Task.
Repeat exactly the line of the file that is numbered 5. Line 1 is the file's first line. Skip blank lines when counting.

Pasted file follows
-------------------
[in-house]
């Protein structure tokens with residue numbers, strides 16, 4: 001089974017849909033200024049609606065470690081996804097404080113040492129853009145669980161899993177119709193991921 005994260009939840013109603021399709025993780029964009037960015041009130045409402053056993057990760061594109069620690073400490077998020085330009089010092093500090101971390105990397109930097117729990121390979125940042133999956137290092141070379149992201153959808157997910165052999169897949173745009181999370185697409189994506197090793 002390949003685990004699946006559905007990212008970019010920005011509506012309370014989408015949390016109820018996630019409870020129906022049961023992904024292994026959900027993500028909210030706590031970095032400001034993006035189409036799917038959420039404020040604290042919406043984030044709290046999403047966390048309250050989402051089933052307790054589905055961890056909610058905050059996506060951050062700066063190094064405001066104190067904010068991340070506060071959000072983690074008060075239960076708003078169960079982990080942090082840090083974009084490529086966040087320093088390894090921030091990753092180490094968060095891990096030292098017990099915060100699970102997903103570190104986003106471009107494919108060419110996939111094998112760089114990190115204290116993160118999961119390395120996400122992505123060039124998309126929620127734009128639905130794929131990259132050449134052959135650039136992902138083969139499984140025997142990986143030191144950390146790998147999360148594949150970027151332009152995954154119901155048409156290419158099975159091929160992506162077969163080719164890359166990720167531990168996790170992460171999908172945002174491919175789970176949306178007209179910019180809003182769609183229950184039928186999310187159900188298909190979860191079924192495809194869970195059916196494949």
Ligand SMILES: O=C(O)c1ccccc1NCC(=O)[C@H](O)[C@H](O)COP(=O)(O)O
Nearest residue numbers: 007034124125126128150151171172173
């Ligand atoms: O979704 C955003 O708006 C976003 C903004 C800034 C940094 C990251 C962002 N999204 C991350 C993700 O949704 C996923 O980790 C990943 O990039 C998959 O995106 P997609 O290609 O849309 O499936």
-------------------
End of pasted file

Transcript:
């Ligand atoms: O979704 C955003 O708006 C976003 C903004 C800034 C940094 C990251 C962002 N999204 C991350 C993700 O949704 C996923 O980790 C990943 O990039 C998959 O995106 P997609 O290609 O849309 O499936």